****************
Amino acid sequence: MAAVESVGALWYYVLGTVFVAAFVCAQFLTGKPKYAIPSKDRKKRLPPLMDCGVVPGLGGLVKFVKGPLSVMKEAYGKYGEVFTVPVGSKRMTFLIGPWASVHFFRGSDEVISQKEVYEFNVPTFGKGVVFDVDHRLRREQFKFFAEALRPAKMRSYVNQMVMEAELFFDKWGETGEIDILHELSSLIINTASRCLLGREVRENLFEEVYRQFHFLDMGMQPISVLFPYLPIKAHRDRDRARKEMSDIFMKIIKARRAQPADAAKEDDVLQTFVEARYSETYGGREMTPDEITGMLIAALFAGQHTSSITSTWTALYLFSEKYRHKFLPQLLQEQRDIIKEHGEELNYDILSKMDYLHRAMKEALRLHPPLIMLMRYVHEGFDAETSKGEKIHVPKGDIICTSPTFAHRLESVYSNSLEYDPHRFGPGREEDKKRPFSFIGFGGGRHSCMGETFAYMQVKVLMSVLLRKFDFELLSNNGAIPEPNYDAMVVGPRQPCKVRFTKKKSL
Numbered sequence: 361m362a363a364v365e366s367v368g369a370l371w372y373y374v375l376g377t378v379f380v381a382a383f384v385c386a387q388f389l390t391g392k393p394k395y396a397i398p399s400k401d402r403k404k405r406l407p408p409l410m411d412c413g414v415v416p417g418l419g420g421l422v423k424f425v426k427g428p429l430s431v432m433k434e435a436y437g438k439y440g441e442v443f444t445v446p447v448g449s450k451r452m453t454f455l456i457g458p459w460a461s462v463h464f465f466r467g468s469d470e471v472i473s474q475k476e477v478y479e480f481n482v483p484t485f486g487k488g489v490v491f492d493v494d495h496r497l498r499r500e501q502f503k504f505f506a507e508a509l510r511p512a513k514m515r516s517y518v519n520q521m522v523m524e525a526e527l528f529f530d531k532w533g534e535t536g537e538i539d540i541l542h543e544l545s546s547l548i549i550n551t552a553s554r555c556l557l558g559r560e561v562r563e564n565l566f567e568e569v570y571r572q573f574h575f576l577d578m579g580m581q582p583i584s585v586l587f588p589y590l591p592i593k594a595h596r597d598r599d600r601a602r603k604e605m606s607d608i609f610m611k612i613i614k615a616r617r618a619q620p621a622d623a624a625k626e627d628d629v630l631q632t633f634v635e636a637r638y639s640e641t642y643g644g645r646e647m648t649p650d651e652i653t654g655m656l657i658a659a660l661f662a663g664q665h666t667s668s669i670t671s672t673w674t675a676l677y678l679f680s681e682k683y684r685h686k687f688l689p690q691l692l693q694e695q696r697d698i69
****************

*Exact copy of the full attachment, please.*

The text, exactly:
Amino acid sequence: MAAVESVGALWYYVLGTVFVAAFVCAQFLTGKPKYAIPSKDRKKRLPPLMDCGVVPGLGGLVKFVKGPLSVMKEAYGKYGEVFTVPVGSKRMTFLIGPWASVHFFRGSDEVISQKEVYEFNVPTFGKGVVFDVDHRLRREQFKFFAEALRPAKMRSYVNQMVMEAELFFDKWGETGEIDILHELSSLIINTASRCLLGREVRENLFEEVYRQFHFLDMGMQPISVLFPYLPIKAHRDRDRARKEMSDIFMKIIKARRAQPADAAKEDDVLQTFVEARYSETYGGREMTPDEITGMLIAALFAGQHTSSITSTWTALYLFSEKYRHKFLPQLLQEQRDIIKEHGEELNYDILSKMDYLHRAMKEALRLHPPLIMLMRYVHEGFDAETSKGEKIHVPKGDIICTSPTFAHRLESVYSNSLEYDPHRFGPGREEDKKRPFSFIGFGGGRHSCMGETFAYMQVKVLMSVLLRKFDFELLSNNGAIPEPNYDAMVVGPRQPCKVRFTKKKSL
Numbered sequence: 361m362a363a364v365e366s367v368g369a370l371w372y373y374v375l376g377t378v379f380v381a382a383f384v385c386a387q388f389l390t391g392k393p394k395y396a397i398p399s400k401d402r403k404k405r406l407p408p409l410m411d412c413g414v415v416p417g418l419g420g421l422v423k424f425v426k427g428p429l430s431v432m433k434e435a436y437g438k439y440g441e442v443f444t445v446p447v448g449s450k451r452m453t454f455l456i457g458p459w460a461s462v463h464f465f466r467g468s469d470e471v472i473s474q475k476e477v478y479e480f481n482v483p484t485f486g487k488g489v490v491f492d493v494d495h496r497l498r499r500e501q502f503k504f505f506a507e508a509l510r511p512a513k514m515r516s517y518v519n520q521m522v523m524e525a526e527l528f529f530d531k532w533g534e535t536g537e538i539d540i541l542h543e544l545s546s547l548i549i550n551t552a553s554r555c556l557l558g559r560e561v562r563e564n565l566f567e568e569v570y571r572q573f574h575f576l577d578m579g580m581q582p583i584s585v586l587f588p589y590l591p592i593k594a595h596r597d598r599d600r601a602r603k604e605m606s607d608i609f610m611k612i613i614k615a616r617r618a619q620p621a622d623a624a625k626e627d628d629v630l631q632t633f634v635e636a637r638y639s640e641t642y643g644g645r646e647m648t649p650d651e652i653t654g655m656l657i658a659a660l661f662a663g664q665h666t667s668s669i670t671s672t673w674t675a676l677y678l679f680s681e682k683y684r685h686k687f688l689p690q691l692l693q694e695q696r697d698i69